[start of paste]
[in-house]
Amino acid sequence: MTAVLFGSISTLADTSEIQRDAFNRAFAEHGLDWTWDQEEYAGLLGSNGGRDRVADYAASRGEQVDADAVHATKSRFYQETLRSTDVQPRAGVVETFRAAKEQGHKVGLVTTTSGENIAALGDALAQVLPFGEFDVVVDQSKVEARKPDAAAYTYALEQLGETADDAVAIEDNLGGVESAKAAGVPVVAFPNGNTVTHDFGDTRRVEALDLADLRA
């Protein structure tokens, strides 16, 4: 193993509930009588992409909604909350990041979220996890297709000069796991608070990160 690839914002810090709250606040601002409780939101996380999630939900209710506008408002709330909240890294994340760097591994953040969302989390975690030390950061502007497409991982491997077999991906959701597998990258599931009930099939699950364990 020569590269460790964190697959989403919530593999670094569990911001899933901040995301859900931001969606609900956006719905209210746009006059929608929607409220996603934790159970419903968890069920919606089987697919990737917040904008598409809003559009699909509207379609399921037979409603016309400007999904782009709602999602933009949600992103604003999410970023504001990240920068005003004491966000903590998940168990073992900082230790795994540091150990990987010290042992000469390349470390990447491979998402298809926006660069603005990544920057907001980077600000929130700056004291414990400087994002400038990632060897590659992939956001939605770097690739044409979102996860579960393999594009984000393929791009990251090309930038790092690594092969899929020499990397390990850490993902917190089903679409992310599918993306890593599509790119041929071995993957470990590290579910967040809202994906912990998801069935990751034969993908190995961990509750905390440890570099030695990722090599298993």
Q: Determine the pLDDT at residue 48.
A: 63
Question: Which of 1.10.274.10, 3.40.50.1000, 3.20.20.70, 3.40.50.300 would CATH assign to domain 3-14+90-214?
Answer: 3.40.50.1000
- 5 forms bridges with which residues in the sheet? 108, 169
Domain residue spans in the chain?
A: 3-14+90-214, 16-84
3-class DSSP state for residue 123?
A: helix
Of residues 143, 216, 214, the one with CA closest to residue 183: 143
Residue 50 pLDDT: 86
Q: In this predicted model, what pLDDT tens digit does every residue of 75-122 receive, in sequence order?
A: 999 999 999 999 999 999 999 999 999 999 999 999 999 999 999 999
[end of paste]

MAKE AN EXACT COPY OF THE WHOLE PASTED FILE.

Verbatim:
[in-house]
Amino acid sequence: MTAVLFGSISTLADTSEIQRDAFNRAFAEHGLDWTWDQEEYAGLLGSNGGRDRVADYAASRGEQVDADAVHATKSRFYQETLRSTDVQPRAGVVETFRAAKEQGHKVGLVTTTSGENIAALGDALAQVLPFGEFDVVVDQSKVEARKPDAAAYTYALEQLGETADDAVAIEDNLGGVESAKAAGVPVVAFPNGNTVTHDFGDTRRVEALDLADLRA
């Protein structure tokens, strides 16, 4: 193993509930009588992409909604909350990041979220996890297709000069796991608070990160 690839914002810090709250606040601002409780939101996380999630939900209710506008408002709330909240890294994340760097591994953040969302989390975690030390950061502007497409991982491997077999991906959701597998990258599931009930099939699950364990 020569590269460790964190697959989403919530593999670094569990911001899933901040995301859900931001969606609900956006719905209210746009006059929608929607409220996603934790159970419903968890069920919606089987697919990737917040904008598409809003559009699909509207379609399921037979409603016309400007999904782009709602999602933009949600992103604003999410970023504001990240920068005003004491966000903590998940168990073992900082230790795994540091150990990987010290042992000469390349470390990447491979998402298809926006660069603005990544920057907001980077600000929130700056004291414990400087994002400038990632060897590659992939956001939605770097690739044409979102996860579960393999594009984000393929791009990251090309930038790092690594092969899929020499990397390990850490993902917190089903679409992310599918993306890593599509790119041929071995993957470990590290579910967040809202994906912990998801069935990751034969993908190995961990509750905390440890570099030695990722090599298993």
Q: Determine the pLDDT at residue 48.
A: 63
Question: Which of 1.10.274.10, 3.40.50.1000, 3.20.20.70, 3.40.50.300 would CATH assign to domain 3-14+90-214?
Answer: 3.40.50.1000
- 5 forms bridges with which residues in the sheet? 108, 169
Domain residue spans in the chain?
A: 3-14+90-214, 16-84
3-class DSSP state for residue 123?
A: helix
Of residues 143, 216, 214, the one with CA closest to residue 183: 143
Residue 50 pLDDT: 86
Q: In this predicted model, what pLDDT tens digit does every residue of 75-122 receive, in sequence order?
A: 999 999 999 999 999 999 999 999 999 999 999 999 999 999 999 999